These four entries are packed with fascinating stories of inventive individuals and intellectual pioneers who have helped to reshape our view of the world. I dare you to possibly claim that they are not highly creative people.

Writers, adieu

Te Ara writers (from left) Peter, Ben, Megan and Mark

Te Ara writers (from left) Peter, Ben, Megan and Mark

Yesterday Te Ara bid a very fond farewell to four of our writers, who leave us after completing all their stories for the Creative and Intellectual Life theme, which will be launched in October.

Ben Schrader joined us when he worked on the Wairarapa regional story in 2006; Mark Derby and Megan Cook began working here in May 2008, after we had finished all the natural science content and were focusing on historical and social subjects; and Peter Clayworth arrived three years ago.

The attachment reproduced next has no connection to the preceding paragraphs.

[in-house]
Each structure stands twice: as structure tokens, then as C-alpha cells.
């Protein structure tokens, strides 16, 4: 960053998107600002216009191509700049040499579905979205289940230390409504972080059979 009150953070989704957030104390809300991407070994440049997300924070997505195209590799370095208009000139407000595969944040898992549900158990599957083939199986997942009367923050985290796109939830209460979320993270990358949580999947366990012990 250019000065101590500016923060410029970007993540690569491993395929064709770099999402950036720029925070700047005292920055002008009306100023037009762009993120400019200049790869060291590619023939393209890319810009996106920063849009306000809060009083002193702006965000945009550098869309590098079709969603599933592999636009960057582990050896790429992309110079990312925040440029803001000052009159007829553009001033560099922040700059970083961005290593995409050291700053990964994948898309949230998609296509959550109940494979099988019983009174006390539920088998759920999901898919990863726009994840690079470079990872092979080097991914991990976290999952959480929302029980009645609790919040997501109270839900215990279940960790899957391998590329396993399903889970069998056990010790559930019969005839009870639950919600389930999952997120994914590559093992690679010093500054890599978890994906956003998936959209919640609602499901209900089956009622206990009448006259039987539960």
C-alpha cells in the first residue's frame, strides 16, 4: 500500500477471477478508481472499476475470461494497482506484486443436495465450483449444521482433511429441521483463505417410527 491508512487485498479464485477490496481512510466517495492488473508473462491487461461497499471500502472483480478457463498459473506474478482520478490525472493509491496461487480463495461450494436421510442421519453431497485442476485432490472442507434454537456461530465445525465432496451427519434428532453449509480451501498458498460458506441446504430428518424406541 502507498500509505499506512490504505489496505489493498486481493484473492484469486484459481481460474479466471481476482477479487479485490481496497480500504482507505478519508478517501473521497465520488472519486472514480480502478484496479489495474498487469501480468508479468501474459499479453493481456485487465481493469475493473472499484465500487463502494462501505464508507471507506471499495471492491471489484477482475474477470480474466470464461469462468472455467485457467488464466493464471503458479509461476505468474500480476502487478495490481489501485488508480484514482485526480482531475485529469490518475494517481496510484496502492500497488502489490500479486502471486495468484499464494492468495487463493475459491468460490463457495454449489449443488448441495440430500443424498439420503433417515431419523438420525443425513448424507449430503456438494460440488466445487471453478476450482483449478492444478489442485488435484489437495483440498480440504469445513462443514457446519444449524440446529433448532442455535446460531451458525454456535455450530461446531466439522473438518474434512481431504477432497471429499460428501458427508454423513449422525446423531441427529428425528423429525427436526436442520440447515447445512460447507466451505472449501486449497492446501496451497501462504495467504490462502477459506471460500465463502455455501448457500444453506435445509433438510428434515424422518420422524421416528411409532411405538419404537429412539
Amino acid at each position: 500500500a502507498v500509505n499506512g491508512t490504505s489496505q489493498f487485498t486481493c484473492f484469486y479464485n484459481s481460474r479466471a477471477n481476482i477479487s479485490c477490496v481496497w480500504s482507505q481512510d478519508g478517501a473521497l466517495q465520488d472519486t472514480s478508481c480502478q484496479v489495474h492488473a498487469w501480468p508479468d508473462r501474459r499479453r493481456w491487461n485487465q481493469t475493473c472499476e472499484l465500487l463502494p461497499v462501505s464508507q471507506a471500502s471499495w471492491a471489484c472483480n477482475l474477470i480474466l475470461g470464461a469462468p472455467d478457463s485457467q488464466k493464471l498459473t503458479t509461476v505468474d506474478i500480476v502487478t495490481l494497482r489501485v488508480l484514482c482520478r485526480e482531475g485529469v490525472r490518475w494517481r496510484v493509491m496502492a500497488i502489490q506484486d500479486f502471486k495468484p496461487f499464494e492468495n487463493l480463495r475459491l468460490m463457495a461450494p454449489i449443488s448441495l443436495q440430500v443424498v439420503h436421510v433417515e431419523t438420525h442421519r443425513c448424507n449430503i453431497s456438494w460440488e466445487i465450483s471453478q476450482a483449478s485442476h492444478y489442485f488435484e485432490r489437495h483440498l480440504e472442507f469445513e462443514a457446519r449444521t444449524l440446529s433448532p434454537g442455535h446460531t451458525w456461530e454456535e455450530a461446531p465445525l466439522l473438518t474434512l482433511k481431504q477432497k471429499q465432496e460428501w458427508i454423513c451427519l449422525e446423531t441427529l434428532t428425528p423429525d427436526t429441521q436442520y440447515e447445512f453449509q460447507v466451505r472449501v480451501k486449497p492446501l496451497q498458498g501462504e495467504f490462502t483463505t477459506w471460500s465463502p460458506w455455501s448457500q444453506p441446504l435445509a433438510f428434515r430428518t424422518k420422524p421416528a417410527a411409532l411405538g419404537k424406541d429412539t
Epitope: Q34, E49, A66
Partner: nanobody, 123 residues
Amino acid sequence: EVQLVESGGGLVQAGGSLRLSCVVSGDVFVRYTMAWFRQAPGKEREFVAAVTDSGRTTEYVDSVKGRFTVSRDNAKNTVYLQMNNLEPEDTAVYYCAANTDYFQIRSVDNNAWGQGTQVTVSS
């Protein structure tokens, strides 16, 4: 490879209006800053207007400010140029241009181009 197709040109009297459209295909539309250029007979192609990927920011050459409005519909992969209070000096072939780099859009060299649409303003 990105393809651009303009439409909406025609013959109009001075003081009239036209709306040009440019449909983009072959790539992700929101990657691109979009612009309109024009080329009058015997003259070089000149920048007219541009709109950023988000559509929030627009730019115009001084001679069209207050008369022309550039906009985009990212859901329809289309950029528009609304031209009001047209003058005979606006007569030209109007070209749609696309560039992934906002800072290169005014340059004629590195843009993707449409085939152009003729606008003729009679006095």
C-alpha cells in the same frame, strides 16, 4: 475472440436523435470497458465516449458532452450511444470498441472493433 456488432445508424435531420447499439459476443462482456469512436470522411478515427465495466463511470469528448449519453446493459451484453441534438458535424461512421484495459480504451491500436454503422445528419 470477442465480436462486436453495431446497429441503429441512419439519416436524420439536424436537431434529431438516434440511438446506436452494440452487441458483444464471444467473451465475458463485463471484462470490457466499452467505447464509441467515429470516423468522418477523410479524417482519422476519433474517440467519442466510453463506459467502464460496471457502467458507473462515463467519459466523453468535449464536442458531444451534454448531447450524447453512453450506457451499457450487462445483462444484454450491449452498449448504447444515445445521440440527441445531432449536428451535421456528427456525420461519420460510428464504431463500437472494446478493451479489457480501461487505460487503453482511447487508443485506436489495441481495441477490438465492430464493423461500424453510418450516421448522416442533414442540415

It’s not easy writing stories for Te Ara, and the four have done the job magnificently. The challenge is to present up-to-date, accurate stories aimed at a general audience and in a web-friendly manner. You first have to read everything that has been written on a subject to take your understanding to the very frontiers of knowledge. On occasion, when other researchers have not travelled the territory before you and written helpful secondary texts, you have to start from scratch and search newspapers and original documents to piece together a story. So, some Te Ara stories become original contributions to knowledge – for example Ben’s one on Street life, Megan’s on Strip clubs, Peter’s on Weekends and Mark’s on Camping (amazing that there are no researched books on the history of camping and the weekend, true Kiwi institutions!!). Sometimes there is so much material already published that you have to read and read and read, and then try to boil it all down.